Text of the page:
Iowa’s Joni Ernst, the first female combat veteran to serve in the U.S. Senate, is touting passage of legislation designed to improve mental health care options for soldiers returning from combat.
“So many of us understand this having been around family members or loved ones that have served overseas during very difficult times and many of us understand that these invisible wounds of war do not go unnoticed,” Ernst says.
The Clay Hunt Suicide Prevention Act passed the U.S. Senate unaniously this past Tuesday.
“The legislation was named in honor of a veterans advocate, Marine Corporal Clay Hunt, who was a young man who struggled to find adequate health care and later Clay took his own life,” Ernst says.
Hunt, a Texas native who served as a Marine sniper in Iraq and Afghanistan, committed suicide in 2011, According to the bill’s sponsor, 22 combat veterans commit suicide every day in America, a suicide rate that’s 50 percent higher than the general population. The bill gives the Veterans Administration money to recruit more psychiatrists, plus the VA will develop a new website designed to be a one-stop shop for veterans seeking help. It also extends the time soldiers may have access to VA mental health care services after they return from combat.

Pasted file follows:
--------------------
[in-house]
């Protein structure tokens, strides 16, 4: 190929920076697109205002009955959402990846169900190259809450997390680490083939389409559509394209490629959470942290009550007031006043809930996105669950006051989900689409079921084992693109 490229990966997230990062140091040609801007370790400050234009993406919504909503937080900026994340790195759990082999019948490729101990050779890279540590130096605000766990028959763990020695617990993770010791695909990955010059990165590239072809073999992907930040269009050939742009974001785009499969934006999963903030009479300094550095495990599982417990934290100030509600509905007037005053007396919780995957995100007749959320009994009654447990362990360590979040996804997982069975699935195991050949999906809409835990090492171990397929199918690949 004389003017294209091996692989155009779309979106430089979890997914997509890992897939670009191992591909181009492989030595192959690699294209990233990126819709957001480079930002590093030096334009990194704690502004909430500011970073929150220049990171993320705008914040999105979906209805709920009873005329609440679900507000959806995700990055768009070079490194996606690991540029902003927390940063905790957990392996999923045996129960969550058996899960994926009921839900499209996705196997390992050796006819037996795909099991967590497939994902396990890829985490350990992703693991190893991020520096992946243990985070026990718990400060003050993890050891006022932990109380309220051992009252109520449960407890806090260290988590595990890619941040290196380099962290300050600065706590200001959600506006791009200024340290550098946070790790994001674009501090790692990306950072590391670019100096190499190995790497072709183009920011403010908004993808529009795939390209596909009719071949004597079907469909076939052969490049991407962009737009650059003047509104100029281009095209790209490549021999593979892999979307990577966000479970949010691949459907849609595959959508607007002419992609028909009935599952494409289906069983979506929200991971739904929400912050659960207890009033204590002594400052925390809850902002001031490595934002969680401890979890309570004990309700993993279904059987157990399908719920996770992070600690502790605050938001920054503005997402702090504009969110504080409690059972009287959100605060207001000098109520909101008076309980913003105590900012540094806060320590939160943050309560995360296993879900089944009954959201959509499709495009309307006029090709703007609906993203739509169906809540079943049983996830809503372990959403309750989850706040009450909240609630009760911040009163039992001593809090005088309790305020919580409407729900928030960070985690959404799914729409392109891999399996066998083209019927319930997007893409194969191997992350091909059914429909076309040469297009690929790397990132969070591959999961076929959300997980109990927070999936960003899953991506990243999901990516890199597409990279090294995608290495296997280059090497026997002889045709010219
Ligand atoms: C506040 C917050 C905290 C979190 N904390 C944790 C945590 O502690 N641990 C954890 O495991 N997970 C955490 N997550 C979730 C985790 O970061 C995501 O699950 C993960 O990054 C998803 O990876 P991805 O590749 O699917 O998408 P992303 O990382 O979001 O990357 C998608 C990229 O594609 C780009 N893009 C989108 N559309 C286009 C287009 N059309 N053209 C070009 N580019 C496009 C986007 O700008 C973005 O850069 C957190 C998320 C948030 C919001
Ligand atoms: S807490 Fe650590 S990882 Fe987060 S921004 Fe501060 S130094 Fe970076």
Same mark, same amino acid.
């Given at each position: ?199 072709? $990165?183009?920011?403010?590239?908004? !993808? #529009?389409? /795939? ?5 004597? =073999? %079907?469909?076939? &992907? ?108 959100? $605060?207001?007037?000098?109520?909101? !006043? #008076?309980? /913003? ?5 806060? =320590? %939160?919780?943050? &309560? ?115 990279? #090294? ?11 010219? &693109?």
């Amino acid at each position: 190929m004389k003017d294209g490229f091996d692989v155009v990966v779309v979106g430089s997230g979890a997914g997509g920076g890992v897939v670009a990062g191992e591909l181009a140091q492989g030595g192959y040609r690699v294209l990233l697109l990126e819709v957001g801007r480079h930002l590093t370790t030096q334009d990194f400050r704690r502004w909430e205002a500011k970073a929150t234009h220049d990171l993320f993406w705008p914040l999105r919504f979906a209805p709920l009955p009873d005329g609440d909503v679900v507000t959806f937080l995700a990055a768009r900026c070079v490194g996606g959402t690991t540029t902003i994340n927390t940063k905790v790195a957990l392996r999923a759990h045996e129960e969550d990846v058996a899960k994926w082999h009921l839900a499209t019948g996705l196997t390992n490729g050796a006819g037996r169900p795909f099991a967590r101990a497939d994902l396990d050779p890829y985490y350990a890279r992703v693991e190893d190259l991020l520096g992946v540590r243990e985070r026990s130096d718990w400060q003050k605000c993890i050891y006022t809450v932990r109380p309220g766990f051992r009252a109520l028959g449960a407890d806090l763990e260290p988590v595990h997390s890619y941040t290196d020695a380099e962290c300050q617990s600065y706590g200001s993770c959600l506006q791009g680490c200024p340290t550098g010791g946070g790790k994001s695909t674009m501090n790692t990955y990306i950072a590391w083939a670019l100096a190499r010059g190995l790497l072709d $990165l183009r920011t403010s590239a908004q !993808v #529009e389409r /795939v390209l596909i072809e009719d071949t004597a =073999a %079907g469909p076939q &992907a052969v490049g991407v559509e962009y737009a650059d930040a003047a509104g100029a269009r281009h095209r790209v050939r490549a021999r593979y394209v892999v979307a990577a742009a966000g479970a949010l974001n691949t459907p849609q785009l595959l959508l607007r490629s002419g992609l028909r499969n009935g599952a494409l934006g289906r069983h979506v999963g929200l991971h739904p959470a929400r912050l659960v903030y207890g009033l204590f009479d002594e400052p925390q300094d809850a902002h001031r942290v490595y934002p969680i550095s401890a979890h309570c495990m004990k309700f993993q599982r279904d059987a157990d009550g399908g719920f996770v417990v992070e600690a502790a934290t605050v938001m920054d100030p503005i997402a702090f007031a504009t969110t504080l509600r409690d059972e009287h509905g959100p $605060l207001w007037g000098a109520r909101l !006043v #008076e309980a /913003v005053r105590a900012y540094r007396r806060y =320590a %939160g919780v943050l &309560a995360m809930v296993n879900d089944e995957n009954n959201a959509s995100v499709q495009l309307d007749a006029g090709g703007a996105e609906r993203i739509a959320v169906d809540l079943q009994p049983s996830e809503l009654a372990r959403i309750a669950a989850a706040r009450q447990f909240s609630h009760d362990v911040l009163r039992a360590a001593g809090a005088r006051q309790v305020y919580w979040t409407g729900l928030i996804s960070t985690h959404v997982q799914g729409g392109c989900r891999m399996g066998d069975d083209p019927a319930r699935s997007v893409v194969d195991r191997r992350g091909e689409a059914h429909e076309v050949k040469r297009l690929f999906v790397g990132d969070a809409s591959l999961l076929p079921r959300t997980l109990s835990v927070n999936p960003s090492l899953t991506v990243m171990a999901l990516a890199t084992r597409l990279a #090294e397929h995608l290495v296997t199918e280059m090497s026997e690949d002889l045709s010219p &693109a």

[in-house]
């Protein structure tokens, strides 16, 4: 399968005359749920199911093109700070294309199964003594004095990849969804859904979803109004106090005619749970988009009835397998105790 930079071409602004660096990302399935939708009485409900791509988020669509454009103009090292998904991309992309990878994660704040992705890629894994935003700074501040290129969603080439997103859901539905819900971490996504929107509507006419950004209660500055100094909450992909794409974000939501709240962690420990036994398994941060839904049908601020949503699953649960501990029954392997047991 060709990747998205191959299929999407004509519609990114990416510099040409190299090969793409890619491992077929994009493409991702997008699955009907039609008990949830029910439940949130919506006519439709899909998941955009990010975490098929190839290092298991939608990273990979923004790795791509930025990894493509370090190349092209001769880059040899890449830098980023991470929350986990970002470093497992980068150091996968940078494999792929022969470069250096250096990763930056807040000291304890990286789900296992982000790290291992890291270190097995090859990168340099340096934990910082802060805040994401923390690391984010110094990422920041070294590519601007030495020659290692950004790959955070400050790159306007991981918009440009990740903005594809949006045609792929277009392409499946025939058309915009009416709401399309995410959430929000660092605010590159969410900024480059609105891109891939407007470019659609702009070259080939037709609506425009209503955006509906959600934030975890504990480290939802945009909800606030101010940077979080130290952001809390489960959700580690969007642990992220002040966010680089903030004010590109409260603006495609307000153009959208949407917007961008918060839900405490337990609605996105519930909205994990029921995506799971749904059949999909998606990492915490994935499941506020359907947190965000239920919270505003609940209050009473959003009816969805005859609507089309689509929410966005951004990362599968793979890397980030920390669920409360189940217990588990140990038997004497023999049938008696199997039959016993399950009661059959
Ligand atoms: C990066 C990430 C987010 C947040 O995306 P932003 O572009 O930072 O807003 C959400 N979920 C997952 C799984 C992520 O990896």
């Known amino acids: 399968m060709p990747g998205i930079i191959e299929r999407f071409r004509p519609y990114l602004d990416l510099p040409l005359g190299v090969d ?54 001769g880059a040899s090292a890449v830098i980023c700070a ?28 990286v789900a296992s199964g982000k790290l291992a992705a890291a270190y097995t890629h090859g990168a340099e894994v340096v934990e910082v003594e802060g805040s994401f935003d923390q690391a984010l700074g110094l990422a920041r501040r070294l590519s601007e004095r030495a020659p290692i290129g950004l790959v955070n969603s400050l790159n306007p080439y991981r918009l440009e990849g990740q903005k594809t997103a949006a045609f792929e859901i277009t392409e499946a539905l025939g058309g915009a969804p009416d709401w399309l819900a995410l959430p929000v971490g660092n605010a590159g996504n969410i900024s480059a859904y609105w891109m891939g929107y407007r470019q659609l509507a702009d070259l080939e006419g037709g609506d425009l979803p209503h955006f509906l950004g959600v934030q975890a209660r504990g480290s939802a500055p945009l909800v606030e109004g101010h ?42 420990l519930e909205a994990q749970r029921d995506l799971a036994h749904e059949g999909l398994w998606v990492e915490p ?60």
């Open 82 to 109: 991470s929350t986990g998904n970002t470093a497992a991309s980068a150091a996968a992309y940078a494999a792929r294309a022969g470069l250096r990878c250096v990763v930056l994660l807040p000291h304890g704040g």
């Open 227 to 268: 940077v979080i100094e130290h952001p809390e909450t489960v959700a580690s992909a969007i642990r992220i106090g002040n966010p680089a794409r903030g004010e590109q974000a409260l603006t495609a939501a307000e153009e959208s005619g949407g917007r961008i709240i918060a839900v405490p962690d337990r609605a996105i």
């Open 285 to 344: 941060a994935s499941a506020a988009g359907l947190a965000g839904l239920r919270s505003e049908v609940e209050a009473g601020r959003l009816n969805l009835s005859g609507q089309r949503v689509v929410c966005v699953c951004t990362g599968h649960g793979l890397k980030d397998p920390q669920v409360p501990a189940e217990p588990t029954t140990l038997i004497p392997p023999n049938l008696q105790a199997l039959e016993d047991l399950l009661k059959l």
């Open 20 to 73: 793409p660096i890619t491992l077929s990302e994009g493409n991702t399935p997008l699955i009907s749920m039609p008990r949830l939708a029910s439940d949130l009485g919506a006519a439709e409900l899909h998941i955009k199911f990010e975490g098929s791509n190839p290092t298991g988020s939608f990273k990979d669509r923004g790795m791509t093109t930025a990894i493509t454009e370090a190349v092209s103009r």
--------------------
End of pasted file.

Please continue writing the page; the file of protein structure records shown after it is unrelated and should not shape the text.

“It lays the groundwork for improved mental health care for our returning men and women,” Ernst says. “This is the care that they need and they deserve.”
The bill passed the House earlier this year and President Obama is expected to sign it into law.